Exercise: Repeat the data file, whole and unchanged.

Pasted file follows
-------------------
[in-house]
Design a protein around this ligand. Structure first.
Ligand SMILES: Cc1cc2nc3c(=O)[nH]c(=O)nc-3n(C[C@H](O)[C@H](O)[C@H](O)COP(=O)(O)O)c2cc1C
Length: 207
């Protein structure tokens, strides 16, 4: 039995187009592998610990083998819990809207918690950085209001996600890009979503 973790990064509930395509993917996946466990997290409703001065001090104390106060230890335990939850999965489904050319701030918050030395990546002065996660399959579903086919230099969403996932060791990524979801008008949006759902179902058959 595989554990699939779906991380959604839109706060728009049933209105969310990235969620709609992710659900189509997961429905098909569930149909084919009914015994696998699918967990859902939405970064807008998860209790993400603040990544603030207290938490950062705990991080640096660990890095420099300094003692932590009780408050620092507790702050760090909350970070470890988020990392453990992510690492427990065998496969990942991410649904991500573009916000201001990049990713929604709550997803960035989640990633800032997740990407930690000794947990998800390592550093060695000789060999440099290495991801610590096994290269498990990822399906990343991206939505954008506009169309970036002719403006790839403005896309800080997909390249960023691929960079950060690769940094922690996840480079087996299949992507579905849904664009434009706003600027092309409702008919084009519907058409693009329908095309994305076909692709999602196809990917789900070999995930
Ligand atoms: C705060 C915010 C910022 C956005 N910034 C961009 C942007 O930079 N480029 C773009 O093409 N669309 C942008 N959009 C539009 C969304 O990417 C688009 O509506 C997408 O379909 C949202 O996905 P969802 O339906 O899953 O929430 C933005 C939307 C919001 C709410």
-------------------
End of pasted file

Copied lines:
[in-house]
Design a protein around this ligand. Structure first.
Ligand SMILES: Cc1cc2nc3c(=O)[nH]c(=O)nc-3n(C[C@H](O)[C@H](O)[C@H](O)COP(=O)(O)O)c2cc1C
Length: 207
């Protein structure tokens, strides 16, 4: 039995187009592998610990083998819990809207918690950085209001996600890009979503 973790990064509930395509993917996946466990997290409703001065001090104390106060230890335990939850999965489904050319701030918050030395990546002065996660399959579903086919230099969403996932060791990524979801008008949006759902179902058959 595989554990699939779906991380959604839109706060728009049933209105969310990235969620709609992710659900189509997961429905098909569930149909084919009914015994696998699918967990859902939405970064807008998860209790993400603040990544603030207290938490950062705990991080640096660990890095420099300094003692932590009780408050620092507790702050760090909350970070470890988020990392453990992510690492427990065998496969990942991410649904991500573009916000201001990049990713929604709550997803960035989640990633800032997740990407930690000794947990998800390592550093060695000789060999440099290495991801610590096994290269498990990822399906990343991206939505954008506009169309970036002719403006790839403005896309800080997909390249960023691929960079950060690769940094922690996840480079087996299949992507579905849904664009434009706003600027092309409702008919084009519907058409693009329908095309994305076909692709999602196809990917789900070999995930
Ligand atoms: C705060 C915010 C910022 C956005 N910034 C961009 C942007 O930079 N480029 C773009 O093409 N669309 C942008 N959009 C539009 C969304 O990417 C688009 O509506 C997408 O379909 C949202 O996905 P969802 O339906 O899953 O929430 C933005 C939307 C919001 C709410």